The set of genes identified by RNAi defects in cell spreading suggested that S2R+ cells utilize focal adhesion complexes to flatten on the substrate. An implication of this finding is that Kc167 cells may be unable to spread on the substrate because they fail to express adhesion-complex components. Surprisingly, quantitative PCR (qPCR) of reverse-transcribed mRNA revealed a 2.4-fold enrichment of βPS integrin (mys) expression in Kc167 cells versus S2R+ cells (adjusted cross-point difference of 1.2 cycles; see Materials and methods section; data not shown). Furthermore, βPS integrin/Mys protein was detected in both cell types, with slightly elevated levels in untreated Kc167 cells versus S2R+ cells, and similarly depleted in both upon treatment with mys dsRNA (Figure 7). We extended the analysis to other adhesion-complex components identified in the screen and discovered by qPCR that both α-integrin (if) and Rap1 (R) were also expressed in Kc167 cells, although at slightly lower levels than in S2R+ cells (adjusted cross-point differences of 1.0 and 0.3 cycles, respectively). In contrast, S2R+ cells exhibited a nearly 4.6-fold enrichment of talin expression relative to that in Kc167 cells (adjusted cross-point difference of 2.3 cycles). Moreover, Mys levels were sensitive to the loss of Rap1 by RNAi in S2R+ cells (Figure 7). This analysis demonstrated that although many of the same adhesion complex components are expressed in both the round Kc167 and spread S2R+ cells, the genes function differently in the two cell types, so that integrin-mediated adhesion has little impact on the morphology of Kc167 cells.
Furthermore, Kc167 cells adhered but remained round even when plated on an adhesive concanavalin A substrate that induced round S2 cells to flatten  (data not shown), although Kc167 cells do flatten when actin-filament formation is compromised (Figure 1). Thus, spreading of Drosophila cells probably requires both integrin-mediated adhesion and reorganization of cortical F-actin. This is supported by the fact that S2R+ cells rounded up when treated with cofilin dsRNA because of an accumulated excess of cortical actin filaments. Integrins may, therefore, function to mediate substrate adhesion in both cell types, while the levels of additional gene products (such as talin, cofilin and phosphoinositide (PI) 3-kinase activity) determine whether or not the cell will spread.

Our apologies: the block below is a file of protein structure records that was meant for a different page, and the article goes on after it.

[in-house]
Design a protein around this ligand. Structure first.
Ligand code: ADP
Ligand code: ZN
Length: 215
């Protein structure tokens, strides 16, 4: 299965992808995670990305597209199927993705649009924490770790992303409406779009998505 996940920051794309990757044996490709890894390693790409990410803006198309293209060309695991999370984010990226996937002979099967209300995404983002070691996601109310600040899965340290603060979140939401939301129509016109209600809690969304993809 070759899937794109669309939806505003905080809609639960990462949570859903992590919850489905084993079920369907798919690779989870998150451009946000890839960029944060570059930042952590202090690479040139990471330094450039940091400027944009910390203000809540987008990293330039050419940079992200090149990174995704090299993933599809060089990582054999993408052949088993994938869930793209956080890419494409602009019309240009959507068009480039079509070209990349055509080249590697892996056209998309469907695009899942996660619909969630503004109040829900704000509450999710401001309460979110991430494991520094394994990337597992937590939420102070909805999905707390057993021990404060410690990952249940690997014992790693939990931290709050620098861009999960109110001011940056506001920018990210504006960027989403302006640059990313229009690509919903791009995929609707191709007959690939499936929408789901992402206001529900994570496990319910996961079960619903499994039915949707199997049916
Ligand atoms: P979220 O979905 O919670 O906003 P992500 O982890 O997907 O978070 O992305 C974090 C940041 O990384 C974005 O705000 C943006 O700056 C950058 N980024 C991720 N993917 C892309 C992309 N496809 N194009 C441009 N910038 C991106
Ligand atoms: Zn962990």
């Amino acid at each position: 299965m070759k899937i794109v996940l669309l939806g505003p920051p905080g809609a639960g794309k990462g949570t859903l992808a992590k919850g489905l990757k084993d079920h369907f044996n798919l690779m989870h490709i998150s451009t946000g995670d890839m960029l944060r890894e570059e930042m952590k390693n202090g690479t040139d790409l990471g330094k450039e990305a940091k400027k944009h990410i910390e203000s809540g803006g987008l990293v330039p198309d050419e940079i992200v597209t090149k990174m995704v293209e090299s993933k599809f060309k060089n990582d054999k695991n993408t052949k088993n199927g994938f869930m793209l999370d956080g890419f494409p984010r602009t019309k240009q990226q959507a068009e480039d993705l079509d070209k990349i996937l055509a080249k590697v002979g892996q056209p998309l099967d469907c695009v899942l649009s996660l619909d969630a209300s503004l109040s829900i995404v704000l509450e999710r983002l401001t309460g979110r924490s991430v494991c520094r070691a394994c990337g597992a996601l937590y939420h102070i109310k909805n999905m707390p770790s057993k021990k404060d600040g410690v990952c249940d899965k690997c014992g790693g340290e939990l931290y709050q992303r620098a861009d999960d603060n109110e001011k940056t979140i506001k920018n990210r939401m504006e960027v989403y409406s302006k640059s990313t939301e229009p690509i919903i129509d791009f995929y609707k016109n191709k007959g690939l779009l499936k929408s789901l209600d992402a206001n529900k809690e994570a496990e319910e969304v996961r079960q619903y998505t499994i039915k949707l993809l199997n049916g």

Genes with common phenotypes share morphogenetic functions
The results from RNAi screens in both cell types were combined to generate a phenotypic profile for each gene. Genes with similar phenotypic profiles were involved in common morphogenetic functions, as indicated by several distinct sets of genes known to interact in pathways or complexes. In both cell types, dsRNAs specific for the pebble gene encoding a Rho-GEF, the Rho1 gene encoding a GTPase, and the CG10522 gene encoding citron kinase led to enlarged cells with multiple nuclei, indicative of a failure to form and constrict the actin contractile ring necessary for cytokinesis (Figure 5a). While Rho1 and pebble (and five other identified genes; see Figure 6) have already been shown to function in Drosophila cytokinesis [3, 10], we identified CG10522 in the RNAi screen as a potential novel Rho1-effector required for cytokinesis . RNAi targeting of members of a different group of genes resulted in a profound loss of actin filaments in both cell types, identifying known regulators of F-actin formation. In Kc167 cells, dsRNAs targeting the Cdc42-encoded GTPase, enabled-encoded actin-binding protein, and SCAR-encoded regulator of Arp2/3 complex , each led to a reduction in F-actin, the appearance of microtubule-rich protrusions and cell flattening (Figure 5b). In S2R+ cells, RNAi of Cdc42, enabled or SCAR similarly reduced the levels of F-actin, compromising the ability to form lamellipodia (as in Figure 3i, and data not shown). Ena protein was effectively depleted upon ena RNAi in both cell types (Figure 7).
The screen profiles also identified clusters of genes with phenotypes unique to a single cell type, such as the set of matrix-adhesion genes required for S2R+ cell spreading, as noted above (Figure 5c). Three dsRNAs caused S2R+ cells to assume a unique, amorphous shape. This striking phenotype identified Ras85D, Downstream of Raf1 (encoding mitogen-activated protein (MAP) kinase kinase, or MEK) and kinase suppressor of Ras, all interacting components of the well-characterized MAP kinase signaling pathway  (Figure 5d). Thus, on the basis of phenotype alone, groups of genes were identified that function in the same cellular process, complex or pathway. In classic Drosophila genetic screens a similar logic was used to group genes on the basis of common mutant cuticle phenotypes, identifying genes that act together to control different aspects of embryonic development .
A co-RNAi screen identifies modifiers of the Pten-dsRNA-induced cell shape phenotype